In 1983 Gerald Smith, a Missionary Baptist preacher from Lexington, Kentucky debated David Padfield of Evansville, Indiana on the subject of water baptism. Much of the debate centered around John 3:5, where Jesus said, "Except a man be born of water and of the Spirit, he cannot enter the kingdom of God." Gerald Smith tried in vain to remove the word "water" from this passage. The following links will take you to articles, debate charts and audio files related to this debate.
Download Charts from the Padfield–Smith Debate. Over 100 overhead charts used by Padfield in this debate (PDF file size: 10.3MB).
"For The Remission Of Sins." David Padfield wrote to several prominent Greek scholars and posed this question: "Is it grammatically possible that the phrase 'eis aphesin hamartion,' 'for the remission of sins,' as used in Acts 2:38, expresses the force of both verbs, 'repent ye and be baptized each one of you,' even though these verbs differ in both person and number?" These letters were quoted in the debate several times. This booklet contains photocopies of their responses and explains the phrase "for the remission of sins" in a very detailed manner (PDF file size: 640k).
According the the rules for this debate, each speacker was given three 20-minute speeches per evening. These audio files are saved as MP3 files—you can click on the links to listen to them now, or right-click with your mouse and "Save to disk" to listen to them later. Each file is approximately 40MB in size.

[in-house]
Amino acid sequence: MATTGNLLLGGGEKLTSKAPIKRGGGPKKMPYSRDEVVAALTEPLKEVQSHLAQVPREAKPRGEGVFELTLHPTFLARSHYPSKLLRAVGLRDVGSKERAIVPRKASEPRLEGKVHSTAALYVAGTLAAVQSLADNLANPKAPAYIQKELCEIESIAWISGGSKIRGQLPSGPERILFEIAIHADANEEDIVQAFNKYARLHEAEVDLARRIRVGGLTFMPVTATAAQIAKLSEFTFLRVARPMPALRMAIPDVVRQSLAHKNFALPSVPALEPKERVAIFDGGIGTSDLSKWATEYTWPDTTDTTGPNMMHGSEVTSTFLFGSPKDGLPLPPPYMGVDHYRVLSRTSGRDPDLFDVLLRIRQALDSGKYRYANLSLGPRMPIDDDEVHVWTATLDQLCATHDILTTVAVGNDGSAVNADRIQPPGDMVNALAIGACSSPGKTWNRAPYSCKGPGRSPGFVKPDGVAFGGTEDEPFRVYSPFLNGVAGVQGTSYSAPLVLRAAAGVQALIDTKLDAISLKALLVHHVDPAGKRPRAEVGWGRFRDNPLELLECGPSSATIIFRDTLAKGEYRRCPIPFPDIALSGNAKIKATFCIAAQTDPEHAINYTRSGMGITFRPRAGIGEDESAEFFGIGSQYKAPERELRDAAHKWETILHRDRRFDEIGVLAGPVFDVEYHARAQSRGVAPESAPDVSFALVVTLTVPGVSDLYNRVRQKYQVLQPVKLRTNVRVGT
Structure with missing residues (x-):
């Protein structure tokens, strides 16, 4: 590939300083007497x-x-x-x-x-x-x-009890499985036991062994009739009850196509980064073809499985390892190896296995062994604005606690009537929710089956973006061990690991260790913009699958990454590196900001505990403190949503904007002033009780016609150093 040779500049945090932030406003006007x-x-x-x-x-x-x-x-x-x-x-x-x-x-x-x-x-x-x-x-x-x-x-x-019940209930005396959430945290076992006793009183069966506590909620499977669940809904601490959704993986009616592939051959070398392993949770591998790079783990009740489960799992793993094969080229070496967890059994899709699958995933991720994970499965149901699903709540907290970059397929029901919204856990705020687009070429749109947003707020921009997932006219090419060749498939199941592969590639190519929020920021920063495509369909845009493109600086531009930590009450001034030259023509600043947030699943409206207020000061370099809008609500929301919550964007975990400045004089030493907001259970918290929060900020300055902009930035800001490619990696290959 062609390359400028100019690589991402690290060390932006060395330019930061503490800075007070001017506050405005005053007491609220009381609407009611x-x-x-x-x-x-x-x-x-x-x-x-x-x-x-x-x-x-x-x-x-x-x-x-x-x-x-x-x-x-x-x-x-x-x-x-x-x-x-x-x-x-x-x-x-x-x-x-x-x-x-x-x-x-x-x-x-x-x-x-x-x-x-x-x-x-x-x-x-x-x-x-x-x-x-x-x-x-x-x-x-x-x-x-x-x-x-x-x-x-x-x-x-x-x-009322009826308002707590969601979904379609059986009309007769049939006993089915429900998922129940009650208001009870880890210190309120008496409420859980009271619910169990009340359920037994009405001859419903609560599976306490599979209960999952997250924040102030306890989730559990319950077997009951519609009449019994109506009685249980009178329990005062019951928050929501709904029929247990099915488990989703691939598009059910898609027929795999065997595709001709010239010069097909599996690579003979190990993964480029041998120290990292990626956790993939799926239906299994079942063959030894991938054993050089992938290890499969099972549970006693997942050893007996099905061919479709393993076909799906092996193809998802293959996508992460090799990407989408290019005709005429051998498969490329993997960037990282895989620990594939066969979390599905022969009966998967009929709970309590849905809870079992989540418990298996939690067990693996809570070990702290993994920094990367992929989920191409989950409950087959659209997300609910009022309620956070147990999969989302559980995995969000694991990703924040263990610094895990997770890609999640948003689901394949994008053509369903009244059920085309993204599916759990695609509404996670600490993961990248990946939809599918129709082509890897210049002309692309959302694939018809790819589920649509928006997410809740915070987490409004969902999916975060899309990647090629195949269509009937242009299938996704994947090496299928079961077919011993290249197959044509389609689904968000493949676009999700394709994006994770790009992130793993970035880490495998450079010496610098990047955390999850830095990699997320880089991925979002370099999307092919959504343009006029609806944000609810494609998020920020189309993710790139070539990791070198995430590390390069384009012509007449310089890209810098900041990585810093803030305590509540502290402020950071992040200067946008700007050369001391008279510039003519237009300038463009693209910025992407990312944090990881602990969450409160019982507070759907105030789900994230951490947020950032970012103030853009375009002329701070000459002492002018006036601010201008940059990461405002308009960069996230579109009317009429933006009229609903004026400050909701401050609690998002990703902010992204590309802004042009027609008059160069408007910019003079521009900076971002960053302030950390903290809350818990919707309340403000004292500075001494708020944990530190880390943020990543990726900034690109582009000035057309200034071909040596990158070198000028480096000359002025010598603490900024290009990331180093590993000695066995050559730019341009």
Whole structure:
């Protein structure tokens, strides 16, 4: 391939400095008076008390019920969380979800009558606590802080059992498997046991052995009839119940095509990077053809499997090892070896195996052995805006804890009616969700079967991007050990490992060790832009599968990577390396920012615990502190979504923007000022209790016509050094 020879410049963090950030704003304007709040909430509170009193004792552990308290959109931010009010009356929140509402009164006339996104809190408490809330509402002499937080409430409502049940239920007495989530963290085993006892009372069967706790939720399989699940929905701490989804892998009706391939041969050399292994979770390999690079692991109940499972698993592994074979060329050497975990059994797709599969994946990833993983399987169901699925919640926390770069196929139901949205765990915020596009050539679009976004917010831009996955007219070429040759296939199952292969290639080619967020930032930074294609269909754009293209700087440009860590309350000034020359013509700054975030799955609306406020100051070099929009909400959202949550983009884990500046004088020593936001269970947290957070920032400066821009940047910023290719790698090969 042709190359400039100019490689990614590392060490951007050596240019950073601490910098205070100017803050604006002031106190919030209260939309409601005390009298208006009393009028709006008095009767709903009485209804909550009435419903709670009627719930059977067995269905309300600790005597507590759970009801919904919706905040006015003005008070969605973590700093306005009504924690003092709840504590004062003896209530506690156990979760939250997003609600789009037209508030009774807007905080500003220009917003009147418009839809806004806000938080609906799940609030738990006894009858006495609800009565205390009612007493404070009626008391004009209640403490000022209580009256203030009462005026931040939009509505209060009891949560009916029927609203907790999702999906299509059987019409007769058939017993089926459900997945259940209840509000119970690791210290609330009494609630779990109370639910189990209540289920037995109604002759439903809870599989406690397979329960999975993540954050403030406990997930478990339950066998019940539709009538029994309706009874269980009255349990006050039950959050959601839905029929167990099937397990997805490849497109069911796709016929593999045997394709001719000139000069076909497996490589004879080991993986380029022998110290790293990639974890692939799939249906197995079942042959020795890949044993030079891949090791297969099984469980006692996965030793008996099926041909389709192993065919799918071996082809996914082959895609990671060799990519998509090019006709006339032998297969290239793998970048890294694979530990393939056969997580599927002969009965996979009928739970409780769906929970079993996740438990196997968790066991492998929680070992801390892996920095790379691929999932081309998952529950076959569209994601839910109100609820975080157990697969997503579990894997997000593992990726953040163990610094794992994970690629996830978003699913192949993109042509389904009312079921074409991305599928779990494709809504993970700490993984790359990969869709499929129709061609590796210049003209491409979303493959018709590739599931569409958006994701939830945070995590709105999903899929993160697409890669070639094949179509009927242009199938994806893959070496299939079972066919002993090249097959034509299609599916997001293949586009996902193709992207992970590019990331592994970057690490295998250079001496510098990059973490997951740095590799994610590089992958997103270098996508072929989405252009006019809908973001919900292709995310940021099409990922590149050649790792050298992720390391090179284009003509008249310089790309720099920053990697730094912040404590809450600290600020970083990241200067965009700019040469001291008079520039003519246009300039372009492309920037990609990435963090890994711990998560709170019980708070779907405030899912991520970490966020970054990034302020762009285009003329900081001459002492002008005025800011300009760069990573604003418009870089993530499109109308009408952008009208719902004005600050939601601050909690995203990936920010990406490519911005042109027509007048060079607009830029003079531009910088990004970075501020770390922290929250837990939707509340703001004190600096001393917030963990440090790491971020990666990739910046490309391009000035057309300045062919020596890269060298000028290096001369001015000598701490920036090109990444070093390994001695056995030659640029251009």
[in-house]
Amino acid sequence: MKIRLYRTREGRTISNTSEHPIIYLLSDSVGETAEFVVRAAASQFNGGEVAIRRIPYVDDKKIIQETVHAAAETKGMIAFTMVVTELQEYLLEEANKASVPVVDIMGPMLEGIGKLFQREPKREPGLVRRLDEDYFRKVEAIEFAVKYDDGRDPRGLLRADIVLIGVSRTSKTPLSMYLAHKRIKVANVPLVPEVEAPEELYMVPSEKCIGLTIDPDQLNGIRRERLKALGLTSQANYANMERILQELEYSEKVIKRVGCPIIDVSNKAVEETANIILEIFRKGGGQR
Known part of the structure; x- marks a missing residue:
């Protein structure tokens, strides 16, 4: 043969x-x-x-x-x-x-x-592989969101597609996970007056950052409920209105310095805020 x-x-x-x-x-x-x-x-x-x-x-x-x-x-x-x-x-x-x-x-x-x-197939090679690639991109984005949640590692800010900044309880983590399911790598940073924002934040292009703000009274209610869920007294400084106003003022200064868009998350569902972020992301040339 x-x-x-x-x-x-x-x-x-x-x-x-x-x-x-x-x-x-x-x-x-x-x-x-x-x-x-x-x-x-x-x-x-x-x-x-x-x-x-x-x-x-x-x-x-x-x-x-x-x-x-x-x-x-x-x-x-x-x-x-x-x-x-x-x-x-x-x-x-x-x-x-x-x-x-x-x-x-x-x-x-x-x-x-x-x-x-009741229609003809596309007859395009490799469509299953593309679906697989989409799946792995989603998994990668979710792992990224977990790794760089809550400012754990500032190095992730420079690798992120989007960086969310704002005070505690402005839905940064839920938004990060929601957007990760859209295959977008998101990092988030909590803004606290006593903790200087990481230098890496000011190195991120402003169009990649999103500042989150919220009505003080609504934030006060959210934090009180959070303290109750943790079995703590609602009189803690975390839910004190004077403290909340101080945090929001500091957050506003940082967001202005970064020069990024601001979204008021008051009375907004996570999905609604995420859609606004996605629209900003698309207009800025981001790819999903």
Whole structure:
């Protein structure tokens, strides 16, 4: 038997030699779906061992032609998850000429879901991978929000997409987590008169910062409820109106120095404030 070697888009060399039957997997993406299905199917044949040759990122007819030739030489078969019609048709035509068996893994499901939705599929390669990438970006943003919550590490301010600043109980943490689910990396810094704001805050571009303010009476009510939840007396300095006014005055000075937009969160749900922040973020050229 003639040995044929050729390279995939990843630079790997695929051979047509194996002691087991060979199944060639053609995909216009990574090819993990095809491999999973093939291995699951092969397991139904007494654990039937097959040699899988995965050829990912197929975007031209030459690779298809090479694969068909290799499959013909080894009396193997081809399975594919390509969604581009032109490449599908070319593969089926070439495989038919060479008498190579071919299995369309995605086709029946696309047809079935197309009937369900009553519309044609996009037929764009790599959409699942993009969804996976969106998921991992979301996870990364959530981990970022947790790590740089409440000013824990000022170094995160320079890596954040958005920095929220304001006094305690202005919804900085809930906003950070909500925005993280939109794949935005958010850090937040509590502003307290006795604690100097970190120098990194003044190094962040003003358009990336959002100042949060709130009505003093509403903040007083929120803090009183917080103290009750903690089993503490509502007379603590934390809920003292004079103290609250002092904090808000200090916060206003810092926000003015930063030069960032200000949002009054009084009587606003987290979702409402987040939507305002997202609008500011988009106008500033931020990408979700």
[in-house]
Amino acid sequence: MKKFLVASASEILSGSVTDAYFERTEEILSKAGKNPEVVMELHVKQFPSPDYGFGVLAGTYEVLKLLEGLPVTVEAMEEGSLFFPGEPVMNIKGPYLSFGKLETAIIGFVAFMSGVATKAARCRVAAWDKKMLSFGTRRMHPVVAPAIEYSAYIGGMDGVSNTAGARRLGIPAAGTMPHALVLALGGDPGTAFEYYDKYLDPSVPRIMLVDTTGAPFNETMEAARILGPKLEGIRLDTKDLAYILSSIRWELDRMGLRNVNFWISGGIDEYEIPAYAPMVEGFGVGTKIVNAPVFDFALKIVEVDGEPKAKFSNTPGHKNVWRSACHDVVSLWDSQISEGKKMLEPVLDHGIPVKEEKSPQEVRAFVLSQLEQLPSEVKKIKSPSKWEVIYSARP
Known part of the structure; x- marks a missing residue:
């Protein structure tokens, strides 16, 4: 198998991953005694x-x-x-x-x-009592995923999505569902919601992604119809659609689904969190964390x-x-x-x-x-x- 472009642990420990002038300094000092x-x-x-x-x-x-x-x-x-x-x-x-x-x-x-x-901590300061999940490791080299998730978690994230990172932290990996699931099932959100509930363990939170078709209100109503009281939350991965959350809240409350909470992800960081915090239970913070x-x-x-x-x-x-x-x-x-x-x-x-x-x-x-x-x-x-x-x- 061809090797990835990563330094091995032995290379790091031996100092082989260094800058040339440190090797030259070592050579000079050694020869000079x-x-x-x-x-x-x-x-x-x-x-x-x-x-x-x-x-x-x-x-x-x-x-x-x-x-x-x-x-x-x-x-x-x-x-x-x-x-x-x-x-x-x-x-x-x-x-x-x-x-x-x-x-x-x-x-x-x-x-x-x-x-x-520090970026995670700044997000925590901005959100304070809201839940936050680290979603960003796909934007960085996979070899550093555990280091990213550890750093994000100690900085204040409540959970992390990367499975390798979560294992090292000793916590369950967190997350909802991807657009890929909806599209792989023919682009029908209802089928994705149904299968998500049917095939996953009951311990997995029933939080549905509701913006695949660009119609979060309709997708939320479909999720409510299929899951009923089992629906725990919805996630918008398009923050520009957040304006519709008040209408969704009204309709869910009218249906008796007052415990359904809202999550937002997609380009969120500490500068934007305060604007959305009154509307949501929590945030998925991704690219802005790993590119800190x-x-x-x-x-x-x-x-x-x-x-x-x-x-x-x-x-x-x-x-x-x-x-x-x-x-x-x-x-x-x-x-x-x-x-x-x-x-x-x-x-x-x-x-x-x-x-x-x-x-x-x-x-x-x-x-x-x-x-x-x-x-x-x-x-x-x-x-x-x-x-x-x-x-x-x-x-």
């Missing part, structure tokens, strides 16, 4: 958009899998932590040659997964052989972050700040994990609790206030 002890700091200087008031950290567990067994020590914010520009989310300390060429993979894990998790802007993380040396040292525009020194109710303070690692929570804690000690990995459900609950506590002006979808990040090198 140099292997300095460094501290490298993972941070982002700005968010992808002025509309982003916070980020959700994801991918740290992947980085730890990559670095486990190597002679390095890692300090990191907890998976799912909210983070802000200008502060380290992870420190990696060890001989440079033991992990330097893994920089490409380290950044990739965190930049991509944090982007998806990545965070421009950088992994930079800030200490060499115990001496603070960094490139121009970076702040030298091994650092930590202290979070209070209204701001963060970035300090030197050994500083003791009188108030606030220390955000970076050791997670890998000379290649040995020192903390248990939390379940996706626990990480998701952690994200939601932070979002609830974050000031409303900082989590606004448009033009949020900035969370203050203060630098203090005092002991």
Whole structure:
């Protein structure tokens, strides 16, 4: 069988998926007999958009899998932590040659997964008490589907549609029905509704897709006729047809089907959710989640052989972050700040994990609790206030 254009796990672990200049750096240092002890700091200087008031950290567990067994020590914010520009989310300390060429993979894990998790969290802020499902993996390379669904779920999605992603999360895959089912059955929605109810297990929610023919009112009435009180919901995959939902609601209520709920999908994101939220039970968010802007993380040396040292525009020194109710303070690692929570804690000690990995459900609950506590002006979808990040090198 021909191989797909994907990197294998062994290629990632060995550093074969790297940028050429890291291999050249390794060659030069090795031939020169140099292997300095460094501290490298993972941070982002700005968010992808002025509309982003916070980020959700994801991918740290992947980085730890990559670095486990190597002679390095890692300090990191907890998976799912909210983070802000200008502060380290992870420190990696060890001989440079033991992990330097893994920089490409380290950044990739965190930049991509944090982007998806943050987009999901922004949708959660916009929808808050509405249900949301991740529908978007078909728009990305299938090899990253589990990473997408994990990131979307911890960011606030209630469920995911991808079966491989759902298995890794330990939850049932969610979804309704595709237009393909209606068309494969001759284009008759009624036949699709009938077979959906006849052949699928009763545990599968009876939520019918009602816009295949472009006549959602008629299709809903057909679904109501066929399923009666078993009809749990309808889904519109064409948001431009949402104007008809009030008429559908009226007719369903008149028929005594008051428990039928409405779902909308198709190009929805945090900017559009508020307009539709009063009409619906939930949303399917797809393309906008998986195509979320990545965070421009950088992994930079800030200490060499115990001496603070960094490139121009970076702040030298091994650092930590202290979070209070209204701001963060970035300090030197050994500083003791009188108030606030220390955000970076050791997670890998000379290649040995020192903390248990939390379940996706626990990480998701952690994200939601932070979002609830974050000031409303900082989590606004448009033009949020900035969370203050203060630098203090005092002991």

The first two nights of the debate were held on the campus of the University of Evansville on October 10 and 11, 1983. The proposition debated was, "The Scriptures teach that water baptism is for (in order to obtain) the remission of sins." David Padfield affirmed this proposition and Gerald Smith denied it.
The final two nights of the debate were held in the meetinghouse o the Northwest Church of Christ in Evansville, Indiana on October 13 and 14, 1983. The proposition debated was, "The Scriptures teach that remission of sins for the alien sinner comes at the point of faith, before and without water baptism.” Gerald Smith affirmed this proposition and David Padfield denied it.